Prioritise your workload by focusing first on your categories and how best to optimise those. As per chapter 2, the categories you choose may well be logical to you, but it’s also a good idea to allow keyword research to steer the categorisation if it can open up bigger search marketing opportunities for you.
Do bear in mind though that, especially if yours is a newer ecommerce website, you’ll likely be competing in a much more competitive marketplace for those category terms. The basic theory is that there are far more people searching for, and therefore optimising for, something like ‘shoes’ than there are for ‘womens road running shoes wide fit’, for example. So though you do want to prioritise your research to your category pages first, you should also give time to what we call ‘long tail keywords’ (those which are more specific, as with the ‘womens road running shoes wide fit’ example) because those are often less competitive – and have a higher propensity to buy in most cases too.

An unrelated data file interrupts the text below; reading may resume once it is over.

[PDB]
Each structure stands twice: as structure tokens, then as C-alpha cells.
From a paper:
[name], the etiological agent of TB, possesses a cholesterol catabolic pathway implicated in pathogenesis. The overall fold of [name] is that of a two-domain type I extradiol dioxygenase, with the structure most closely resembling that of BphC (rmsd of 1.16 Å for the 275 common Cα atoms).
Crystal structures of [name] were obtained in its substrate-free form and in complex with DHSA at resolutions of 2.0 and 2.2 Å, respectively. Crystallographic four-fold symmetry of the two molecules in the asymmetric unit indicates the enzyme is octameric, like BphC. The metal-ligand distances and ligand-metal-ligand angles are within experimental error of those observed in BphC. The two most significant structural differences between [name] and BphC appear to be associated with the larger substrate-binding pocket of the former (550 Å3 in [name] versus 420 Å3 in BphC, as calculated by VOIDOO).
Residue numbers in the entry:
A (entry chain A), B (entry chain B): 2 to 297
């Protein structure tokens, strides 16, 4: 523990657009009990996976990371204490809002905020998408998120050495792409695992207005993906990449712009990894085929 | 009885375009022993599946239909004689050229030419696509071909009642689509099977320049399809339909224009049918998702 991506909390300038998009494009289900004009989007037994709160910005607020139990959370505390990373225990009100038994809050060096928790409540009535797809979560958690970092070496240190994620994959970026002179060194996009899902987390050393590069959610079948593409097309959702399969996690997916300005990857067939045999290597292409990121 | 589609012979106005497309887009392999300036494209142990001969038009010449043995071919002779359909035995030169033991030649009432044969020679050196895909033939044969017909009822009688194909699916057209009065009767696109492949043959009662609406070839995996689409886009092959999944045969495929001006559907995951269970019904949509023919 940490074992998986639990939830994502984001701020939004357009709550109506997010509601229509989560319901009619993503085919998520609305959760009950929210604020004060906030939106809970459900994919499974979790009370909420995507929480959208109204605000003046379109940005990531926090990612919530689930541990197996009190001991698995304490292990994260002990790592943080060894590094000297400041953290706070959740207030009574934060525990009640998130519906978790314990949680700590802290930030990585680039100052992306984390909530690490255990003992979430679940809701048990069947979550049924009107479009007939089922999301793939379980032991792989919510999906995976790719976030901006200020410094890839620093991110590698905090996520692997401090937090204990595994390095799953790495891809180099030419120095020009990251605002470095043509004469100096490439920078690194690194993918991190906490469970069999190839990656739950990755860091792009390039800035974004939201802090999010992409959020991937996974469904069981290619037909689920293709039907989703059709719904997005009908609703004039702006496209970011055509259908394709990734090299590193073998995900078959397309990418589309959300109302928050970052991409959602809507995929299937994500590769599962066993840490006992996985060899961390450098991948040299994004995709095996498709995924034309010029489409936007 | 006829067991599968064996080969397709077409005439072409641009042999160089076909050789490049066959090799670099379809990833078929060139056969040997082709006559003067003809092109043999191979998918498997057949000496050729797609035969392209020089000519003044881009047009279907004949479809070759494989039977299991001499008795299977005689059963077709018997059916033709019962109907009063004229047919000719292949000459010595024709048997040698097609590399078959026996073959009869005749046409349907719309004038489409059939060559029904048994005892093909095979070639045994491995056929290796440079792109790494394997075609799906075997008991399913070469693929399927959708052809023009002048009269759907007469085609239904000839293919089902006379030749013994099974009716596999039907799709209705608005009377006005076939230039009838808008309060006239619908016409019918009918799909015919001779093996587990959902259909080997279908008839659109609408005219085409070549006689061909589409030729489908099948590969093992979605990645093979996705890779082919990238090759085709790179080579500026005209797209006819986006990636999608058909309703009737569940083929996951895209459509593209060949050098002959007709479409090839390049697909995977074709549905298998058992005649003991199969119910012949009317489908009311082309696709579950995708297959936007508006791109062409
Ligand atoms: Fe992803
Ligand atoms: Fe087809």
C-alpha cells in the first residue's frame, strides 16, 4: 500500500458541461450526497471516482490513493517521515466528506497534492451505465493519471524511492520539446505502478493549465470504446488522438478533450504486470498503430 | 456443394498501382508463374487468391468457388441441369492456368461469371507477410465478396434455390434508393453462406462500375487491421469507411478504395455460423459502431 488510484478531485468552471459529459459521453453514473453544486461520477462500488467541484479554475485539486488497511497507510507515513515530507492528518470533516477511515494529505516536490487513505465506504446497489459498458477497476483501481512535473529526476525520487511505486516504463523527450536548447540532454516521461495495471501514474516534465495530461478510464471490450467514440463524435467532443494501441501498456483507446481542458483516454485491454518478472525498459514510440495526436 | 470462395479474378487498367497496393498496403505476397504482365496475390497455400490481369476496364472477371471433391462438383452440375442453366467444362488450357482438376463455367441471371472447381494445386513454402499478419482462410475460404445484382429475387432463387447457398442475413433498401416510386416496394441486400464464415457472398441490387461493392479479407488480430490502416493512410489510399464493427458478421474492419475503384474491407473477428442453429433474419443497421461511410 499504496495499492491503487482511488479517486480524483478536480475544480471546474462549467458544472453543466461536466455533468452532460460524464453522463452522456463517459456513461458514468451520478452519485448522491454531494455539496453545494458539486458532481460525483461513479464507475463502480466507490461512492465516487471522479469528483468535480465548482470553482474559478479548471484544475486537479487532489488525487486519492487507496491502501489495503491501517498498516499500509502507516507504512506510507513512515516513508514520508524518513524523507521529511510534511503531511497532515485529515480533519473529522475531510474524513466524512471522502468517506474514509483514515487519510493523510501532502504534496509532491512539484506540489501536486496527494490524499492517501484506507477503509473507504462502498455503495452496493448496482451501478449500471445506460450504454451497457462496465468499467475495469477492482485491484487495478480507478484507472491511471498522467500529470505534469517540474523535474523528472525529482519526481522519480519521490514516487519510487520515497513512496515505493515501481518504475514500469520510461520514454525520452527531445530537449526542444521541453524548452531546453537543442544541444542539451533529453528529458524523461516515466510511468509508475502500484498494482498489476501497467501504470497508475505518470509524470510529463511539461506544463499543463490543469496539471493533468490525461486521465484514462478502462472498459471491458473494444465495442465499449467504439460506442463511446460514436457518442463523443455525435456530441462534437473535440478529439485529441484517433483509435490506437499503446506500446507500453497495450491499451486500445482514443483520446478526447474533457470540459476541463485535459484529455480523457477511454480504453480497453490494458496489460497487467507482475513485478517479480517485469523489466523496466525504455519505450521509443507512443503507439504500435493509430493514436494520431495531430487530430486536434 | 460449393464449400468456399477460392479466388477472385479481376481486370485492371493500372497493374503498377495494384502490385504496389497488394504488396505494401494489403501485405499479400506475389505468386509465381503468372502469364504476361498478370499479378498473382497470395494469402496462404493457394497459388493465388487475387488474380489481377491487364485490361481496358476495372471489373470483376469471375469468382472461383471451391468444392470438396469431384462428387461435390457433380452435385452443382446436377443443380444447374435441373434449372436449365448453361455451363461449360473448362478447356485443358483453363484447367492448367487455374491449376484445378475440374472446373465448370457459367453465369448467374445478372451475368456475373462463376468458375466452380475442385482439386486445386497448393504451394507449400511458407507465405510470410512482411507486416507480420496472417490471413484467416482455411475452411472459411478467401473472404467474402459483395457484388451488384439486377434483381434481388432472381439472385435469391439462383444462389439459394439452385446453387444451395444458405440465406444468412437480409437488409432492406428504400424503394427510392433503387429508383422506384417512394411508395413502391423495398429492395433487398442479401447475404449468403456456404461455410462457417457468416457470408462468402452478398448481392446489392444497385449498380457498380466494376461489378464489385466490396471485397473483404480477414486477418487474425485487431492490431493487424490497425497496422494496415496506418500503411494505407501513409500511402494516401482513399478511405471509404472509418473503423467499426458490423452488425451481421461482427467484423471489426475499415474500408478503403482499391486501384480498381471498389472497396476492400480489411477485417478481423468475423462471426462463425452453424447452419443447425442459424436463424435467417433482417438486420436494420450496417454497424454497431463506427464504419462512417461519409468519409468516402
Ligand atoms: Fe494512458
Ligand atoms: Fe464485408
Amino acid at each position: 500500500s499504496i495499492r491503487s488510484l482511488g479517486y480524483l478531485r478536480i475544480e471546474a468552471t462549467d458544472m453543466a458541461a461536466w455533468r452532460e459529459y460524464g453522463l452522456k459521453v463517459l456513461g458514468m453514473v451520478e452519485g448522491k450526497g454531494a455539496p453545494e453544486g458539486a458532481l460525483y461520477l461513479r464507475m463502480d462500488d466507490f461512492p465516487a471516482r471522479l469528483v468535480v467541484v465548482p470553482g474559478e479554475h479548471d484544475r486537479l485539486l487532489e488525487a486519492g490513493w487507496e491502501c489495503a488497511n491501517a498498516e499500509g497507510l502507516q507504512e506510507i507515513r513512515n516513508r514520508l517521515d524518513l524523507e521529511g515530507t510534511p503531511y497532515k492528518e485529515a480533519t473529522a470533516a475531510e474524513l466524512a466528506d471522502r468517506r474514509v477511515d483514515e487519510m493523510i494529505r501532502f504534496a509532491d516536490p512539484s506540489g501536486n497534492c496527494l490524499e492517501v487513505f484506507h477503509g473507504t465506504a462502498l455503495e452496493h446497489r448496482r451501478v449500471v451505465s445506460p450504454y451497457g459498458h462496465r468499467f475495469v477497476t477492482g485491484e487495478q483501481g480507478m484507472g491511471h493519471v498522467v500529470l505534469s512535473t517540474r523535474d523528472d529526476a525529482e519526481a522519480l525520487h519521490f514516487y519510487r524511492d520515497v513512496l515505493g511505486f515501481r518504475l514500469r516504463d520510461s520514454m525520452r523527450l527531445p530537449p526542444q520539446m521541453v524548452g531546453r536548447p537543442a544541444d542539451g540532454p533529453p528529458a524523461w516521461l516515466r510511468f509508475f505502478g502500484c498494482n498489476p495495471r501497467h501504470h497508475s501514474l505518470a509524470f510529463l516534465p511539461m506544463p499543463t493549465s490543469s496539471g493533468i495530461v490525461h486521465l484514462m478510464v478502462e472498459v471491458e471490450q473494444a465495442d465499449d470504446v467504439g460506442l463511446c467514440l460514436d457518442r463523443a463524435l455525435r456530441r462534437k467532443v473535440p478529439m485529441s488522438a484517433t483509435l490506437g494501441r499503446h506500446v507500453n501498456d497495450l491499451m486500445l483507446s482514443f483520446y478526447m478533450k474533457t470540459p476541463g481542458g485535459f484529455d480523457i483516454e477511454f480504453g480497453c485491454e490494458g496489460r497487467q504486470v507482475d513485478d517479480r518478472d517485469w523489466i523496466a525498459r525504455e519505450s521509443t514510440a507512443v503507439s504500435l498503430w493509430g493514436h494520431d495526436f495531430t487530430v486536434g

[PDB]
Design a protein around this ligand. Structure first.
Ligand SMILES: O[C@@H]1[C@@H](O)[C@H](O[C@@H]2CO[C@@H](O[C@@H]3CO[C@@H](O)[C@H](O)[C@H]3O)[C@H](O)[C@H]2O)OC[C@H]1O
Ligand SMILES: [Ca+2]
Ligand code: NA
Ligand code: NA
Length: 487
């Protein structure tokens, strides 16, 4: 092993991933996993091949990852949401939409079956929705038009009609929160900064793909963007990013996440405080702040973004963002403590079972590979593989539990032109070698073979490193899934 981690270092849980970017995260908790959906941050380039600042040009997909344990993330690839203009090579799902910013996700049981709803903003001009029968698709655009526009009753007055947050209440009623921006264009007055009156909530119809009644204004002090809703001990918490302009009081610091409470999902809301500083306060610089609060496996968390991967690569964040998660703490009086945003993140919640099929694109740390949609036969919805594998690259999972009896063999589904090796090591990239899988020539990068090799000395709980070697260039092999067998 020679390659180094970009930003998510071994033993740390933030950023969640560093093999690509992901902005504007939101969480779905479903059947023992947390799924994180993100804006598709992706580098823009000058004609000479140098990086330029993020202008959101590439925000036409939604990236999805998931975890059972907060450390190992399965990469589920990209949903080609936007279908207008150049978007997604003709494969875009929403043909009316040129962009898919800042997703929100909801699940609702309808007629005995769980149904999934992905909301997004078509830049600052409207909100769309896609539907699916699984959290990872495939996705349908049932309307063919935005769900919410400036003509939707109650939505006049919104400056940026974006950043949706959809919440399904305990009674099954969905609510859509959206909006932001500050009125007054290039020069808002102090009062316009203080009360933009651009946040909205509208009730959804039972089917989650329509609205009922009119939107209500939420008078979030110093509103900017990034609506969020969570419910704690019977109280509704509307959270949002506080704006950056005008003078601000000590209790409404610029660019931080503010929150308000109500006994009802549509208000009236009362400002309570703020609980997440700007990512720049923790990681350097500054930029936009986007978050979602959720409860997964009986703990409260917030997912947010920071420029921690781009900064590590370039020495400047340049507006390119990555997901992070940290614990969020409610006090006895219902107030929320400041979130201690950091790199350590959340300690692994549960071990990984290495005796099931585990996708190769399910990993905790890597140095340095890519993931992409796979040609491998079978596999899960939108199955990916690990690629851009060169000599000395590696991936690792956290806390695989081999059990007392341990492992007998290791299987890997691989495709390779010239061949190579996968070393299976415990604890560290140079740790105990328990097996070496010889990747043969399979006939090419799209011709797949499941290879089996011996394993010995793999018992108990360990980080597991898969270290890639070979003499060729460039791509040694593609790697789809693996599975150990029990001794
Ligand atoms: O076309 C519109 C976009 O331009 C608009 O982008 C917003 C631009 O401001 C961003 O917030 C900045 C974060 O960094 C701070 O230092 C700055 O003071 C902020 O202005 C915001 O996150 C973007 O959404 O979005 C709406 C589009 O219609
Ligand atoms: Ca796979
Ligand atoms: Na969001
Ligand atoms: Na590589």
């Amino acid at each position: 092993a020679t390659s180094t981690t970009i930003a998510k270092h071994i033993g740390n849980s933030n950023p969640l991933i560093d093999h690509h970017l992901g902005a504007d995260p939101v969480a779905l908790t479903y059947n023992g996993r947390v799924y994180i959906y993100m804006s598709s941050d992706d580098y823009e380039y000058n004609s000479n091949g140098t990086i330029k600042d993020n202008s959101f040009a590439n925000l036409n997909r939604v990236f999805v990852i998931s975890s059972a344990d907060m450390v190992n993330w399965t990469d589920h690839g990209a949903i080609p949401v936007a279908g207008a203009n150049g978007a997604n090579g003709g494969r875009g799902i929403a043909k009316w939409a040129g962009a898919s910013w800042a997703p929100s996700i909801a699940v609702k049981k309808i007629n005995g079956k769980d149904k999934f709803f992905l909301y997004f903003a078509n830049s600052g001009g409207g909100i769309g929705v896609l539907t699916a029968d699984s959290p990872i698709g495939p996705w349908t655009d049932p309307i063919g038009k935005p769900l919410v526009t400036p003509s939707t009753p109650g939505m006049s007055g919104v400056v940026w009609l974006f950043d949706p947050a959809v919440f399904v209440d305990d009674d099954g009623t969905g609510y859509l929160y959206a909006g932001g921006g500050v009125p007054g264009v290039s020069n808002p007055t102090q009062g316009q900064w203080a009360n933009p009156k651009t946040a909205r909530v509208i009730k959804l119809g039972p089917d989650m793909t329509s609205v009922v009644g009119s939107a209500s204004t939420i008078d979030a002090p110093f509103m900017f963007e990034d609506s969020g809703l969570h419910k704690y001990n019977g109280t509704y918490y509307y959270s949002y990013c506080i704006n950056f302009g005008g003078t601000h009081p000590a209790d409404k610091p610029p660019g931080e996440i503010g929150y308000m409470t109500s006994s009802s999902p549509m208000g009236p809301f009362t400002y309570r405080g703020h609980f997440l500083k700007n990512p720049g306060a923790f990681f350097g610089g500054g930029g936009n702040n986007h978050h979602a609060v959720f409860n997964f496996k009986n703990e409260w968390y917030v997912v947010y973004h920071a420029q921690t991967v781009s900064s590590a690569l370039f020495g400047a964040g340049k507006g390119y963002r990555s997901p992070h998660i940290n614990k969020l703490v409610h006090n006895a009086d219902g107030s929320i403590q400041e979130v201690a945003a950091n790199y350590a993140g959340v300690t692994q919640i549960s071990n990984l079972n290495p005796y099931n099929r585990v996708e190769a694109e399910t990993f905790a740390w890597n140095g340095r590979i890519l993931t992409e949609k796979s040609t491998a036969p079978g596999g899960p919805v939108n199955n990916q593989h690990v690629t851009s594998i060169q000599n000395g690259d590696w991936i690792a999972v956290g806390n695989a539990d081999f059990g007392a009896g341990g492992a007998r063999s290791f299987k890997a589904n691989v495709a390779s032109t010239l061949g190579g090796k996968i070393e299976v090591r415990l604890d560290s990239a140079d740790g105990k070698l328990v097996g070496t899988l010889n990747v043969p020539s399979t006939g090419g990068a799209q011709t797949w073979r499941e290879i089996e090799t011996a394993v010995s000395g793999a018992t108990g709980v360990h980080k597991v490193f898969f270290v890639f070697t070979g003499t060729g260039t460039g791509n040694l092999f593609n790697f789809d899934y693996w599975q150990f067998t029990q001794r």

The premise here is simple; once you have conducted your keyword research, you need to understand what category and product pages are necessary to include on your site. From there, you can connect everything together in a logical site structure that makes semantic sense.
The aim is to create a structure which is intuitive for customers to use, and where the way the pages are interconnected makes each page more optimised by association. Topic hierarchy and relevance should be made clear in the way you structure your site, which will help Google (and users) to understand where your areas of expertise lie and what your brand therefore deserves to be known for.